Nearly 72 percent of University of Notre Dame students voted in the 2020 election, up from 53.3 percent in 2016, according to the latest report from the National Study of Learning, Voting and Engagement (NSLVE). About 90 percent of Notre Dame students registered to vote in 2020, according to the report, up from 83.2 percent in 2016.
“For context, that’s well over 2,000 additional students who voted in 2020 compared with 2016,” said Jay Brandenberger, associate director of the Center for Social Concerns at Notre Dame, which supports political participation among students as part of its overall focus on social justice.
The numbers reflect an uptick in youth voter participation nationwide, driven by concerns over issues such as the pandemic, racial justice and the economy, as well as the closely watched presidential contest between Donald Trump and Joe Biden.
Nationally, 83 percent of students registered to vote (+7 points compared with 2016), while 66 percent voted (+14), according to the report.
Among Notre Dame students, undergraduates participated at a rate of 67 percent (+17 compared with 2016), and graduate students at a rate of 56 percent (+13). Students in health-related fields voted at the highest rate (75 percent), followed by those in natural resources or conservation (74 percent) and architecture and law (72 percent each). The rate of participation increased by at least 3 points (history), and by as much as 35 points (architecture), in every field of study.
Consistent with a nationwide trend, the share of students voting by mail increased from 56 percent to 70 percent amid the pandemic. Eight percent of students voted early, according to the report, while 6 percent voted in-person on election day. Not all states report voting method.
The numbers reflect “one of the most significant — both at Notre Dame and nationally — youth voter increases in history,” Brandenberger said, despite the challenges of the pandemic.
The Democratic Engagement Survey, a companion to the NSLVE, provides additional context.
A product of the Center for Social Concerns, the post-election survey asks students about their vote, their level of engagement in politics, their political views and their sense of the political climate on campus.
This year’s survey was conducted in the weeks following the election. It involved more than 1,300 graduate and undergraduate students from a randomly selected sample of more than 3,200 overall, or about one quarter of the student population.
Four out of 10 respondents identified as Democrat in the survey, while about a quarter identified as Republican and another quarter as independent/unaffiliated. With respect to the presidential contest, Democrats were more likely than Republicans to vote according to their political affiliation — 99.8 percent to 81.9 percent, respectively. Politically, women (59.4 percent) were more likely than men (34.5 percent) to identify as liberal or very liberal. More than 35 percent of men, a plurality, identified as “middle of the road.”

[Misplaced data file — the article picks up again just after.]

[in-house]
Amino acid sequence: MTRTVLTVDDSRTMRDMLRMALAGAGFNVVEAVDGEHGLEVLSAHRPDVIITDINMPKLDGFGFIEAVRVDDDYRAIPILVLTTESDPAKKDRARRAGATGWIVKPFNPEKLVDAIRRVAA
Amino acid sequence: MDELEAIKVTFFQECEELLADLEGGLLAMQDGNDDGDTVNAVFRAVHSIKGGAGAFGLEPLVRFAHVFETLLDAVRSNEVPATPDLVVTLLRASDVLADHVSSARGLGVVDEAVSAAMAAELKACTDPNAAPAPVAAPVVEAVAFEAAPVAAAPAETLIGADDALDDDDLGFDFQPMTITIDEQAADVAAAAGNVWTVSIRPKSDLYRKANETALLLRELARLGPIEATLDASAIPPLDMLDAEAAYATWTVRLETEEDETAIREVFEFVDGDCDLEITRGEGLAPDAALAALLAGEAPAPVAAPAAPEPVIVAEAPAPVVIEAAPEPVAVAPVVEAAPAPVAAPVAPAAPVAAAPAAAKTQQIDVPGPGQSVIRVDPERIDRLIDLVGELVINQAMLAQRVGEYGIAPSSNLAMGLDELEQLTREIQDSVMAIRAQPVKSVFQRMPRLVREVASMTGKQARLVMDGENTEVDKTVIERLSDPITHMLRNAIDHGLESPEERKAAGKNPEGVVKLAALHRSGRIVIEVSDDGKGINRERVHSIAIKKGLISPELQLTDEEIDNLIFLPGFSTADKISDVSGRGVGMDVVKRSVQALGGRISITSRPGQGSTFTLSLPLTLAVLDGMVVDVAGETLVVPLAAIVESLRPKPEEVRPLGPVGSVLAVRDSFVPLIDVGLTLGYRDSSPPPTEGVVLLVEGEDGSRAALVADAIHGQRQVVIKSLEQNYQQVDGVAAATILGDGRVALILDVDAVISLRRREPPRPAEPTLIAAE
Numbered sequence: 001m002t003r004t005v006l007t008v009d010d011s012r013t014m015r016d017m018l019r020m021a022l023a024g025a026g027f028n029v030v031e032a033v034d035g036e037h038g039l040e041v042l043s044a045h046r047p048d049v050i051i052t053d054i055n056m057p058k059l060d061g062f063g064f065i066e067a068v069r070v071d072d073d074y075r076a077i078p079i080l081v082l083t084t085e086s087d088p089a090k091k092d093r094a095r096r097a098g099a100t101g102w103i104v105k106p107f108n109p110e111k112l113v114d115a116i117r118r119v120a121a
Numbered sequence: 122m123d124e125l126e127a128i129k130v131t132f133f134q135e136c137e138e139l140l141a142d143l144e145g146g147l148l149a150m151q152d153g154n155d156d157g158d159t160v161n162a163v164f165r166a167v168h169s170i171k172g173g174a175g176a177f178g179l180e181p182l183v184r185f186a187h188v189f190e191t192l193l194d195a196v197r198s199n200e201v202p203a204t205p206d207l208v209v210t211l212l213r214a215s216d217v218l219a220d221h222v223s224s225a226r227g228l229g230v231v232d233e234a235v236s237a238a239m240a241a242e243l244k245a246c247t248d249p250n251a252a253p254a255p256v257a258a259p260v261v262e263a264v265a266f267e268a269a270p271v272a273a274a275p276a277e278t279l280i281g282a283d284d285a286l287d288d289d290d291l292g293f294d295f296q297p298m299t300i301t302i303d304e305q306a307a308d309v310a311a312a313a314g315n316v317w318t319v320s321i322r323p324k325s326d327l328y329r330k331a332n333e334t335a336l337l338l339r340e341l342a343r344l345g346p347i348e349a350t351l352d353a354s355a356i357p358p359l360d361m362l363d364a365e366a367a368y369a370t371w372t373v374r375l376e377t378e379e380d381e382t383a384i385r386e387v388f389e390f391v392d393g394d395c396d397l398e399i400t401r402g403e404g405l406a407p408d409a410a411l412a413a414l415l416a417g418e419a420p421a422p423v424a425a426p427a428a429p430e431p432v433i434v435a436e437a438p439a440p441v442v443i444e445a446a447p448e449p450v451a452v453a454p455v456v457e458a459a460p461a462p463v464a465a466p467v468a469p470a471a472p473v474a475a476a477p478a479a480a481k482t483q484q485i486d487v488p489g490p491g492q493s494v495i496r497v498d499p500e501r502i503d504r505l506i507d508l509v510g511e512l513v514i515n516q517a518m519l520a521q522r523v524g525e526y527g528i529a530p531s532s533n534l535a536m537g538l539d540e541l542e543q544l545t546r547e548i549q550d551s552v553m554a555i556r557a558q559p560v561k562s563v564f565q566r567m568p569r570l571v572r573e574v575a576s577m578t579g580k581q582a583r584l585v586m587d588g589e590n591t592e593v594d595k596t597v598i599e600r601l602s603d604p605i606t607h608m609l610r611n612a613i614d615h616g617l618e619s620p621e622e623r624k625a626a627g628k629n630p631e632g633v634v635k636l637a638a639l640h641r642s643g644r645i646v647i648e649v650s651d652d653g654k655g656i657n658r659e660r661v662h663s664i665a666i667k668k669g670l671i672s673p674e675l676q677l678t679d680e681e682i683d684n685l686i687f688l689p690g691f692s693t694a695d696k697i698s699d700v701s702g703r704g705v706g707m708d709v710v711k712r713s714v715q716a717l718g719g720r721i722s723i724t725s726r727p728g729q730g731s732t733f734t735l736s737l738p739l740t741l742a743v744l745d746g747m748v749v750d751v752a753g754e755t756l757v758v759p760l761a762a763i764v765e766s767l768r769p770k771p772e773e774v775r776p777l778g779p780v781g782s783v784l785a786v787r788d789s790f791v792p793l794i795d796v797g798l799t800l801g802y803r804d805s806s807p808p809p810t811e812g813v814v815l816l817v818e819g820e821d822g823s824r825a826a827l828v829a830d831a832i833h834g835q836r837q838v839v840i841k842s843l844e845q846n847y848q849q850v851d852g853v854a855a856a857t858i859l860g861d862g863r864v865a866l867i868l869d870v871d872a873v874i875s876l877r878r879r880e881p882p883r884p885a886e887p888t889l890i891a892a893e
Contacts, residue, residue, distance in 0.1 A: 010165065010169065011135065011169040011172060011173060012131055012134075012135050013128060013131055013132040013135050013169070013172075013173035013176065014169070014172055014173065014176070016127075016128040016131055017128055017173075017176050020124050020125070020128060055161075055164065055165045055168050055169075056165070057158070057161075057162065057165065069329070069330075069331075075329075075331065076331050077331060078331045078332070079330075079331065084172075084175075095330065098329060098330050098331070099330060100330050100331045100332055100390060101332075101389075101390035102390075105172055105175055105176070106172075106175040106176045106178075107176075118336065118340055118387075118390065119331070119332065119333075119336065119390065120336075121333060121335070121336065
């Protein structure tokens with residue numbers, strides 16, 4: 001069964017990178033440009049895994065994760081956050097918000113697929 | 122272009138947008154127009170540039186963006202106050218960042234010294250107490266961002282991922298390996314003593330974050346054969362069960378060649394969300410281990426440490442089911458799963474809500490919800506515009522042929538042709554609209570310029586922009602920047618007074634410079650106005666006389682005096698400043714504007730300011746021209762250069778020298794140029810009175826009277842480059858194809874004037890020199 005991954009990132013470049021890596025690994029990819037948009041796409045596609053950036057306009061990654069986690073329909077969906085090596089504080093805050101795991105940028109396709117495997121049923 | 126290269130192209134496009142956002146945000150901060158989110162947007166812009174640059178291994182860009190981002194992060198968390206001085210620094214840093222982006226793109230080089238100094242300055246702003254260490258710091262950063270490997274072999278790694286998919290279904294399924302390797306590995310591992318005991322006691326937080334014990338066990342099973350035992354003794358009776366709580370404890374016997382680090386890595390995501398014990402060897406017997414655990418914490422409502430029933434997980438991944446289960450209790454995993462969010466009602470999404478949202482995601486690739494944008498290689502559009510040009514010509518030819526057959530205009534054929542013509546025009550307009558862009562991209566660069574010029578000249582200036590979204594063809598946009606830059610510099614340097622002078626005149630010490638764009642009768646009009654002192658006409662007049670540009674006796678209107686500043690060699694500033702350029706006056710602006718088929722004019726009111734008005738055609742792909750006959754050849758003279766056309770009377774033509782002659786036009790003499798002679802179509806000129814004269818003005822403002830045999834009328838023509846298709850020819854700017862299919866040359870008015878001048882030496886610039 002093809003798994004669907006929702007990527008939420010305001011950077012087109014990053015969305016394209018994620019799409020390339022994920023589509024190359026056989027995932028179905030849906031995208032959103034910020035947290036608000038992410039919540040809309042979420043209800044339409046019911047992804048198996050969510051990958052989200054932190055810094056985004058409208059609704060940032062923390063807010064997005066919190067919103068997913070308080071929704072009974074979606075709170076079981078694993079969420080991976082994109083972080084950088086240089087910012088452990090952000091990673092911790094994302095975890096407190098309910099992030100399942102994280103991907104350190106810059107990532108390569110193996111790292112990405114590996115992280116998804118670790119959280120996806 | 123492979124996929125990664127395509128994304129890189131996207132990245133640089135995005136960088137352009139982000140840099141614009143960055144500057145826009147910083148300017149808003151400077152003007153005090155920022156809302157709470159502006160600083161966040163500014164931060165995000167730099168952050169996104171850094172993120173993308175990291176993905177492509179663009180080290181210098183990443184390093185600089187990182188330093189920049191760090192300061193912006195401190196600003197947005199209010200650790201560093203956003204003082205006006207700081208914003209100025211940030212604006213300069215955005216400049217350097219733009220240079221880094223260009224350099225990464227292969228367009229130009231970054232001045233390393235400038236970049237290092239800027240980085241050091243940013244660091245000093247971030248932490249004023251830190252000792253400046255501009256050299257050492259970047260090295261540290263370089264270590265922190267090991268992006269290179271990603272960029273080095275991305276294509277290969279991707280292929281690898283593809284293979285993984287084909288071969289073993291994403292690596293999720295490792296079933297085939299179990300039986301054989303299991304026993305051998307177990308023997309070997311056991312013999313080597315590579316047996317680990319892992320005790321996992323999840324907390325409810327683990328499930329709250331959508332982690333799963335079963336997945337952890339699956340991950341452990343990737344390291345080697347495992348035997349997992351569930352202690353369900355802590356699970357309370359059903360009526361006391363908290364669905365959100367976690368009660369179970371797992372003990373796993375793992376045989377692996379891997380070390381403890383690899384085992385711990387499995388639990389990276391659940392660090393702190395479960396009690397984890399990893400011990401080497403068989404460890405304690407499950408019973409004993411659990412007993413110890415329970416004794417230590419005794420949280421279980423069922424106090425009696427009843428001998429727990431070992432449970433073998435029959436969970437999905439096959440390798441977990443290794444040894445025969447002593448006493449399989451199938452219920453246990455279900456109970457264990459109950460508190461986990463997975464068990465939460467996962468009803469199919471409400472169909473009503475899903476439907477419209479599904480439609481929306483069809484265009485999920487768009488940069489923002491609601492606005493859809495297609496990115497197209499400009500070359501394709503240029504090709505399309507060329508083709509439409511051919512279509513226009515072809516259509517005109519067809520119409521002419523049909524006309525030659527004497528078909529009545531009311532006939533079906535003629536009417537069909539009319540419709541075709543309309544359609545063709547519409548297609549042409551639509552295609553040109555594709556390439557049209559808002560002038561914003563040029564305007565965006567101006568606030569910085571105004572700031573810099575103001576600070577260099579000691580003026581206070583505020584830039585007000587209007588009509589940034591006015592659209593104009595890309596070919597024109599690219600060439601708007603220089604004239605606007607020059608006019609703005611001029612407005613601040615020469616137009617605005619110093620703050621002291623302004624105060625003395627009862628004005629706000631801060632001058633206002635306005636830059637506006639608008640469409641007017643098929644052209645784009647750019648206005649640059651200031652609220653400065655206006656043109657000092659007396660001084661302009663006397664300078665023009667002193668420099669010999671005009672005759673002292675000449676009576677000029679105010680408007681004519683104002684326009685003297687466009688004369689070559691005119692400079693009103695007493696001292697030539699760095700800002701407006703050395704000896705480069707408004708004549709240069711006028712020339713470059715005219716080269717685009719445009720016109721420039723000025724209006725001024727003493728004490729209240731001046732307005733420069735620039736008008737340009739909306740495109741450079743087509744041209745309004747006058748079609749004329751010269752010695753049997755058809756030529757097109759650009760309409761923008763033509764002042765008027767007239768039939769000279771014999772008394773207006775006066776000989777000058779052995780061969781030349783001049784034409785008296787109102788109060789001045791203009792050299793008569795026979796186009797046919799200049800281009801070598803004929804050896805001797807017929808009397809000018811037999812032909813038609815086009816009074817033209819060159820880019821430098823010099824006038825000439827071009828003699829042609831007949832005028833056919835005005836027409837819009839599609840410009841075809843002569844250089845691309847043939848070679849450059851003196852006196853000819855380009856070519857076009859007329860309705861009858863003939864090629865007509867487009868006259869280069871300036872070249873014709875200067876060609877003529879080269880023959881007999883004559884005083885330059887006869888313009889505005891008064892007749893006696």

On the issues, the survey showed concern among Biden voters for social justice and the pandemic and among Trump voters for the economy and abortion above all else. Fewer than 1 percent of Trump voters rated racial justice as the most important issue in the election. Likewise, fewer than 2 percent of Biden voters rated abortion or the economy as the top issue. Women ranked racial justice as the most salient issue and men the economy.
Another key takeaway from the survey: While students across the political spectrum valued political speech — even unpopular speech — many (78.5 percent of Republicans and 61.6 percent of Democrats) felt it was not always welcome on campus. The survey asked students about the frequency of political discussions in four settings — with professors, with friends, in the classroom and in residence halls. In each case, Democrats were more likely than Republicans to say they felt comfortable discussing politics.
Brandenberger facilitated the survey and analyzed the results with Madeline Ward, a senior political science and government major, and James Kirk, a doctoral student in political science.
“This data is important, for we need to prompt intentional education at Notre Dame about civic life and responsibility, for the college years are a salient period for the development of intellectual and moral habits that serve democracy,” Brandenberger said.
He noted that universities are key public resources that undergird democracy and should work to foster the skills of knowledge building across political divisions in a context of respect.
Combined, the two reports, the Democratic Engagement Survey and the NSLVE, paint a picture of the Notre Dame student body as very much engaged in the political process, and in sync with peers across the nation, especially those at other selective colleges and universities where political interest is often elevated.
“Notre Dame students do not appear to be monolithic in the issues that matter to them,” Brandenberger said.
Conducted by the Institute for Democracy and Higher Education at Tufts University, the NSLVE is the only study to objectively examine student and institution-level data on student voting and to share it with participating campuses. The study involves more than 10 million student voting records at more than 1,100 institutions from all 50 states and the District of Columbia. All the records are public.
For Notre Dame, it is an important tool for measuring the success of initiatives such as ND Votes and BridgeND, which aim to increase political engagement and participation and foster a welcoming climate for political speech on campus.
“We offer the report to prompt discussion across campus,” Brandenberger said, “and to foster intentional curricular and co-curricular support for building the skills of democracy.”
For more information, visit socialconcerns.nd.edu/engagement-higher-education.